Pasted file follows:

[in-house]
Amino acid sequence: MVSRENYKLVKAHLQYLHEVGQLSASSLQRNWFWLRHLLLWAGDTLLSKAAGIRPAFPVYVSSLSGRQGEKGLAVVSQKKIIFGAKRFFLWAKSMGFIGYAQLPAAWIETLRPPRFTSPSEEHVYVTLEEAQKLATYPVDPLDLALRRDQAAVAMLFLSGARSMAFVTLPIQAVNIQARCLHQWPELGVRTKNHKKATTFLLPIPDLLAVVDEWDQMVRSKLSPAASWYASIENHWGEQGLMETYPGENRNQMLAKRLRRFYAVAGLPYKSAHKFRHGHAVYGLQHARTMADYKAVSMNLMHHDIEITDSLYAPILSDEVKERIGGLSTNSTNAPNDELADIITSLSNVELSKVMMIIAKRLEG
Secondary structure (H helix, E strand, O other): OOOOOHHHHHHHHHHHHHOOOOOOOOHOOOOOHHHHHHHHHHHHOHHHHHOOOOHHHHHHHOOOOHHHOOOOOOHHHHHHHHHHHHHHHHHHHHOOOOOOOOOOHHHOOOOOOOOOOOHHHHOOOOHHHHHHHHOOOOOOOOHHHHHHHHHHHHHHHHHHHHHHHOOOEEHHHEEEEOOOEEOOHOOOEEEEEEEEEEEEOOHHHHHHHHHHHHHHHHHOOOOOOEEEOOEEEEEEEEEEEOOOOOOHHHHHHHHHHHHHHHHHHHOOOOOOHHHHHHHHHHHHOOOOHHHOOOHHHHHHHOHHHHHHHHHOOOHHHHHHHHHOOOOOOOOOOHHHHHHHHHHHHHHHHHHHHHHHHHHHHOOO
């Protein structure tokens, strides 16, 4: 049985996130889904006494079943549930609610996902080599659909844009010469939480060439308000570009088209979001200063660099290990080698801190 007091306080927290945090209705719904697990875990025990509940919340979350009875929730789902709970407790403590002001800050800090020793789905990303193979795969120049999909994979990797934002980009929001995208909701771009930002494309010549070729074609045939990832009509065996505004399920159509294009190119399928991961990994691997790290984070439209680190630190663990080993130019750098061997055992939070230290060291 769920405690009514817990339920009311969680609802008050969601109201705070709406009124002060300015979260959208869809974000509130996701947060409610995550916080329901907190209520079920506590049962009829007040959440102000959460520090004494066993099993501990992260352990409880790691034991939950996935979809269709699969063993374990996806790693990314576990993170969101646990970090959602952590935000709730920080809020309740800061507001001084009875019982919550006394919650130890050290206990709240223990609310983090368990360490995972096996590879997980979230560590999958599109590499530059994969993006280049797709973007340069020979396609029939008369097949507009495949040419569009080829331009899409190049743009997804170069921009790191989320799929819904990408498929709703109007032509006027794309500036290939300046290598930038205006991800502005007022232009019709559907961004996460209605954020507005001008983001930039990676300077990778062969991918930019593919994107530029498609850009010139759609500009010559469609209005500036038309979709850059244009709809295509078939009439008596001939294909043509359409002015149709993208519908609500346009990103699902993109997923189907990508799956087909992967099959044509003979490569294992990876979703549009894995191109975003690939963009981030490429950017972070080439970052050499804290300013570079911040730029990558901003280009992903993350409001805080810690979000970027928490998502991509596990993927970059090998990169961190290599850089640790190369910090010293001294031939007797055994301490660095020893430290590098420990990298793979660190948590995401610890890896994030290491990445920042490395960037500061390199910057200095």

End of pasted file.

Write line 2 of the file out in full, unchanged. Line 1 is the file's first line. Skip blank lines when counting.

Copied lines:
Amino acid sequence: MVSRENYKLVKAHLQYLHEVGQLSASSLQRNWFWLRHLLLWAGDTLLSKAAGIRPAFPVYVSSLSGRQGEKGLAVVSQKKIIFGAKRFFLWAKSMGFIGYAQLPAAWIETLRPPRFTSPSEEHVYVTLEEAQKLATYPVDPLDLALRRDQAAVAMLFLSGARSMAFVTLPIQAVNIQARCLHQWPELGVRTKNHKKATTFLLPIPDLLAVVDEWDQMVRSKLSPAASWYASIENHWGEQGLMETYPGENRNQMLAKRLRRFYAVAGLPYKSAHKFRHGHAVYGLQHARTMADYKAVSMNLMHHDIEITDSLYAPILSDEVKERIGGLSTNSTNAPNDELADIITSLSNVELSKVMMIIAKRLEG